China Says Army Is Not Behind Attacks in Report

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February 28, 2013 by Water Wisdom

Published: February 20, 2013

SHANGHAI — A day after a United States security company accused a People’s Liberation Army unit in Shanghai of engaging incyberwarfare against American corporations, organizations and government agencies, China’s defense ministry issued a strong denial and insisted that the report was flawed.


At a news conference in Beijing on Wednesday, the ministry suggested that the allegations were destructive and challenged the study, which was produced by Mandiant, an American computer security company. The report identified P.L.A. Unit 61398 in Shanghai as one of the most aggressive computer hacking operations in the world.

Geng Yansheng, a spokesman for the Ministry of National Defense, said that China had been the victim of cyberattacks that have originated in the United States and that Mandiant had mischaracterized China’s activities.

“Chinese military forces have never supported any hacking activities,” Mr. Geng said at the briefing. “The claim by the Mandiant company that the Chinese military engages in Internet espionage has no foundation in fact.”

On Tuesday, a spokesman for China’s Ministry of Foreign Affairs, Hong Lei, made similar remarks, arguing that cyberattacks were difficult to trace because they were “often carried out internationally and are typically done so anonymously.”

The New York Times reported on Tuesday that a growing body of digital forensic evidencepointed to the involvement of the army unit in Shanghai and that American intelligence officials had also been tracking the unit’s activities.

On its Web site, Mandiant released a long report on Tuesday detailing some of its evidence, including Internet protocol addresses and even the identities of several Chinese individuals it thinks were behind some of the attacks. Mandiant said it had monitored the hackers as they logged onto social networking sites or through e-mail accounts.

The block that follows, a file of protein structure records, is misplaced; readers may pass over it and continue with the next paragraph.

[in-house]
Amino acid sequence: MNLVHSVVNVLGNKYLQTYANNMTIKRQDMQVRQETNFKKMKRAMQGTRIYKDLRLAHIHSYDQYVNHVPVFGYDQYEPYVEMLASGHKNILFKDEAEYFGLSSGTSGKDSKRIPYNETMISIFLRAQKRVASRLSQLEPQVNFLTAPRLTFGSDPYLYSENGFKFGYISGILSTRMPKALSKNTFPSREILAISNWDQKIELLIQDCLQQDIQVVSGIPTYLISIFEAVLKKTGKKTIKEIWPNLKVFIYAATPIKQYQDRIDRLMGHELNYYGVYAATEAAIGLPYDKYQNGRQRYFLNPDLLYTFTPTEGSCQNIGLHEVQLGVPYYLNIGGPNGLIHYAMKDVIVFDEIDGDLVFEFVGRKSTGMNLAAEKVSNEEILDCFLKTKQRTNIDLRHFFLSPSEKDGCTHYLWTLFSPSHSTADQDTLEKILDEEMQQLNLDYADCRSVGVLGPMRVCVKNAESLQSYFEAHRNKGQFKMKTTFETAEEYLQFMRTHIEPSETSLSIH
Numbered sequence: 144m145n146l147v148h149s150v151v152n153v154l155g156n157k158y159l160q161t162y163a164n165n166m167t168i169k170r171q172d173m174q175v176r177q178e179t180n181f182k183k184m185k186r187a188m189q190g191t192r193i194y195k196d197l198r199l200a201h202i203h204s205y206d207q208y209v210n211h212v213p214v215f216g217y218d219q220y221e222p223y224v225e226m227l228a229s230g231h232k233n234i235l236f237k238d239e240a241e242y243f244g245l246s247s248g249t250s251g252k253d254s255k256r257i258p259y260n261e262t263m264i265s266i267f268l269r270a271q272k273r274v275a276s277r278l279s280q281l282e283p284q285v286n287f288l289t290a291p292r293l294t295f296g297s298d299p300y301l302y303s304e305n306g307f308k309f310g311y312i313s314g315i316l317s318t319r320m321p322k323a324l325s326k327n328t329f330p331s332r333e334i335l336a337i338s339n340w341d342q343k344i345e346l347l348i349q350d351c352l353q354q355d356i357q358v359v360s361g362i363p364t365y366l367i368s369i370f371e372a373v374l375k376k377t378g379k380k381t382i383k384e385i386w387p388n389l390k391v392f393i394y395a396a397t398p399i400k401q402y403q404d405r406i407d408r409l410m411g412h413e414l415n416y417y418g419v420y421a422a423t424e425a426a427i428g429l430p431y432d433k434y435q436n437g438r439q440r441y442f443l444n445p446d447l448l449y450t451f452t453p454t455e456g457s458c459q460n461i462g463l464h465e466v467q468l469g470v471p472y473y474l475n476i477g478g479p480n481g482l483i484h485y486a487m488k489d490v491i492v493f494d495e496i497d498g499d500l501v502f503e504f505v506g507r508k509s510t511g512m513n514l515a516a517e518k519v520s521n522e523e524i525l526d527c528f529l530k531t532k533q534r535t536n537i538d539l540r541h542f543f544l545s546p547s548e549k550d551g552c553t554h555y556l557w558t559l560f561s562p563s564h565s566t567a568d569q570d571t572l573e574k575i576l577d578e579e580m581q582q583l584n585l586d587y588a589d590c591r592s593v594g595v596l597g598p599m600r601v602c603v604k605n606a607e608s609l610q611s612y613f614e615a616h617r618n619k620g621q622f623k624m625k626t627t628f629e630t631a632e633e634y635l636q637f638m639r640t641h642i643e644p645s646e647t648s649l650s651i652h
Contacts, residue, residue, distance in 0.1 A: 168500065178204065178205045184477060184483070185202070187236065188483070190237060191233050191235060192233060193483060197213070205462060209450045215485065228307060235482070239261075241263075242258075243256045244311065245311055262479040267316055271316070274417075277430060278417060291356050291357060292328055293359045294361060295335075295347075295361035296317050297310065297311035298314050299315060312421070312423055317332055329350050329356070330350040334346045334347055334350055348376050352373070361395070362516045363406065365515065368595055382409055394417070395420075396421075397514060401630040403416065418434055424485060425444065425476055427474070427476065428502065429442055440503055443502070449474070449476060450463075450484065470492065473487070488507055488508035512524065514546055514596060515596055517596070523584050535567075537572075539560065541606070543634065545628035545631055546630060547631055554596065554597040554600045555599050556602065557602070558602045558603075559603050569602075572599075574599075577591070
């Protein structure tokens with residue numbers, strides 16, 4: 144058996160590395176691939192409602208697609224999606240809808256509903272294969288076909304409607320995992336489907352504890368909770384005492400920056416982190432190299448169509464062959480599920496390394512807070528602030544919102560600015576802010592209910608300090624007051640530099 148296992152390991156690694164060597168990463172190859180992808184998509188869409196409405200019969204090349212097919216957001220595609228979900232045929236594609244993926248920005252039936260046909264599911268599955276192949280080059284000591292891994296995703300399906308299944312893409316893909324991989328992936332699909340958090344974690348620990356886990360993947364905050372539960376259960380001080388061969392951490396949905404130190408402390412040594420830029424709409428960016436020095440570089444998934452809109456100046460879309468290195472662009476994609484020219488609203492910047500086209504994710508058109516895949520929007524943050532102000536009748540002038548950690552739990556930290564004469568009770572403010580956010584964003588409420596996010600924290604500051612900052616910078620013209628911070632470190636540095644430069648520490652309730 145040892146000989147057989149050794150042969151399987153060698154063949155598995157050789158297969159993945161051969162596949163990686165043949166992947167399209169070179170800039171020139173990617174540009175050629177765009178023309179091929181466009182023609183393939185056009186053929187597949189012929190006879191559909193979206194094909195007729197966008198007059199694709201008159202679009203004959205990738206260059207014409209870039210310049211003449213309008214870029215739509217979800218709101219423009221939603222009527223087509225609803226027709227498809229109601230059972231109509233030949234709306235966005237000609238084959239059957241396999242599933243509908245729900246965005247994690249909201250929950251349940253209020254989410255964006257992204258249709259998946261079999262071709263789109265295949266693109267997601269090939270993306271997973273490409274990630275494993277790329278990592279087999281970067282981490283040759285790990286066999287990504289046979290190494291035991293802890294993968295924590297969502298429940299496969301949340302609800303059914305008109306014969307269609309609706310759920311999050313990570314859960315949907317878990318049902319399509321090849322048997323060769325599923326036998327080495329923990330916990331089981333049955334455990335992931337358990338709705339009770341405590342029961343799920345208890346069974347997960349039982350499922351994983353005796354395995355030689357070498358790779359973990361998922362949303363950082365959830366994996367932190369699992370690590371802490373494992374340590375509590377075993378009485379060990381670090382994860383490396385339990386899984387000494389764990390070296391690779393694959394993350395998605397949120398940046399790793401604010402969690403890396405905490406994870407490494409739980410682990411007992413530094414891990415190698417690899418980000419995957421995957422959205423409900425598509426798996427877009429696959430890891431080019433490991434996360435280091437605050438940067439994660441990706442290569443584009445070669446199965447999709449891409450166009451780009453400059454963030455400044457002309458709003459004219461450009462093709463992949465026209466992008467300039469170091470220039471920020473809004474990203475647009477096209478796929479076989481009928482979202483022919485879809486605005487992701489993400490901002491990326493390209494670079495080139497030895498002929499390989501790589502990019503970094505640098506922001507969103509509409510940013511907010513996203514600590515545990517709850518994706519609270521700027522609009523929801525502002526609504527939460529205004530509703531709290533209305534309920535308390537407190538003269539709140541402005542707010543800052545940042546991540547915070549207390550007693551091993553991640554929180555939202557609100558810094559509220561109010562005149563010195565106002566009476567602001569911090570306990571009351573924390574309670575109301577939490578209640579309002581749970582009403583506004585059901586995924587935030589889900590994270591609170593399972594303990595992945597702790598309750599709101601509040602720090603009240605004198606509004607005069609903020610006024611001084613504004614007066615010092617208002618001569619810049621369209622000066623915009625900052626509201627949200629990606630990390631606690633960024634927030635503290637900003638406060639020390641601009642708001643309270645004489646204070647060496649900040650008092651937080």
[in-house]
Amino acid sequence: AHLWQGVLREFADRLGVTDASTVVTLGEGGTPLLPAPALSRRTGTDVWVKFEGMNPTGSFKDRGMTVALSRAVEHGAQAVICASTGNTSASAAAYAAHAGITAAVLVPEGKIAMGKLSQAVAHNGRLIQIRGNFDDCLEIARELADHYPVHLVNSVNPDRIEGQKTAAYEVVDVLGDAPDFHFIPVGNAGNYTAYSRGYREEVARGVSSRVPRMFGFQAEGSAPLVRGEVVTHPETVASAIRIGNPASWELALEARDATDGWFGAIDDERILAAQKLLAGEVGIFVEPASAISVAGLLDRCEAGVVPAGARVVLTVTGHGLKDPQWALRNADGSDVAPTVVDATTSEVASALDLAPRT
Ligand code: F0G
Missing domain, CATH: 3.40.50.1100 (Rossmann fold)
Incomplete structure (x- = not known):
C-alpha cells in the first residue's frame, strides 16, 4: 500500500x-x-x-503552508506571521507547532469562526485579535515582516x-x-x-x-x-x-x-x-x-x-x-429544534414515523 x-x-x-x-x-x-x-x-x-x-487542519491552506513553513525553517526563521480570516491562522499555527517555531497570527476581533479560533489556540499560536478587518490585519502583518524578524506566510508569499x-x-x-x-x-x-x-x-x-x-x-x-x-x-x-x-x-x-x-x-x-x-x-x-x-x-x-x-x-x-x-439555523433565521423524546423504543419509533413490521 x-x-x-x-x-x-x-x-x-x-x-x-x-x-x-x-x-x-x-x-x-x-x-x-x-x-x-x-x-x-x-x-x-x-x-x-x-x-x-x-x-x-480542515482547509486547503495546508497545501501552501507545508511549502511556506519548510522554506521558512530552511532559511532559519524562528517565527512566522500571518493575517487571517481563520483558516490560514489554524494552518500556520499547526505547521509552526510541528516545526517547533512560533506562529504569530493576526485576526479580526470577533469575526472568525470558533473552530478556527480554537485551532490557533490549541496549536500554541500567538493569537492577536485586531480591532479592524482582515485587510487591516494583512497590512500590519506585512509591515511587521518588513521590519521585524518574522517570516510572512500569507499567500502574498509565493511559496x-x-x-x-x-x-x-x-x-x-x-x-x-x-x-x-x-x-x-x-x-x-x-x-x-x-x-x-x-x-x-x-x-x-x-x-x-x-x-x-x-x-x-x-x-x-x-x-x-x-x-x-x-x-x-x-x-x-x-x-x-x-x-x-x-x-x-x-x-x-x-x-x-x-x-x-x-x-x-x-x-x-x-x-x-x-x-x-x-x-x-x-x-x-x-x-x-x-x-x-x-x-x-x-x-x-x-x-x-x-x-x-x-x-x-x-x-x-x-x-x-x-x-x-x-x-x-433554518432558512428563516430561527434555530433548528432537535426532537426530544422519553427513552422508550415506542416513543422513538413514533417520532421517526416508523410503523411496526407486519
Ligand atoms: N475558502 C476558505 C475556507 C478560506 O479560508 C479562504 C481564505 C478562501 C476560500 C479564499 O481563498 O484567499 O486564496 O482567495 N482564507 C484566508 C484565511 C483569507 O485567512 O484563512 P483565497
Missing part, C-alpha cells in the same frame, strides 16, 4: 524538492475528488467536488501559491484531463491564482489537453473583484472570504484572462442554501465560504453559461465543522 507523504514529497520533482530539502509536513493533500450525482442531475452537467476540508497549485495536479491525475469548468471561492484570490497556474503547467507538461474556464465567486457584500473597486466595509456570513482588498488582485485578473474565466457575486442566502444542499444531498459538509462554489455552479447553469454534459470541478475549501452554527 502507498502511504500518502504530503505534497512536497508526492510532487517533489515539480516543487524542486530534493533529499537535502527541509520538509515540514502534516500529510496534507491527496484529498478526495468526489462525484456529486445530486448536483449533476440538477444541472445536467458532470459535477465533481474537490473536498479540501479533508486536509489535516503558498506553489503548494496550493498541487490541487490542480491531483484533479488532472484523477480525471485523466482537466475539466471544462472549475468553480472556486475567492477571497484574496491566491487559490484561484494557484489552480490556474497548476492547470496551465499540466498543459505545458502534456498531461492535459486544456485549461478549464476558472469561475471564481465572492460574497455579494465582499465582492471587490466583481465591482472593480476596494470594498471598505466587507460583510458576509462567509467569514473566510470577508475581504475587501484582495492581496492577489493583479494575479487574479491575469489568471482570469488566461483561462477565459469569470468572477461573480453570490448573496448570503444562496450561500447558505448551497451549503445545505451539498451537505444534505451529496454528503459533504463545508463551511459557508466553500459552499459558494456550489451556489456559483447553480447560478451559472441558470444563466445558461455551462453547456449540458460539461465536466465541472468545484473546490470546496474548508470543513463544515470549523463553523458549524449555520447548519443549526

Attempts to contact two of the individuals through phone numbers and instant message services were unsuccessful. In one case, an individual, whose online profile said he was 28 years old and a graduate of a university that specializes in computer science, declined to answer questions.

Several military analysts said they had also traced some serious cyberattacks back to the People’s Liberation Army and its Shanghai Unit 61398, which is known to be engaged in network security.

Still, many security experts concede that it is difficult if not impossible to know for certain where attacks originate, because hackers often take control of computers in various places.

Chinese officials have insisted in recent years that China is one of the biggest targets of cyberattacks.

“Statistics show that Chinese military terminals connected to the Internet have been subjected to large numbers of attacks from abroad,” the defense ministry said on Wednesday, adding that Internet protocol addresses “indicate that a considerable number of these attacks are from the United States, but we have never used this as a reason to accuse the United States.”

“Every country should handle the problem of cybersecurity in a professional and responsible manner,” the ministry said.


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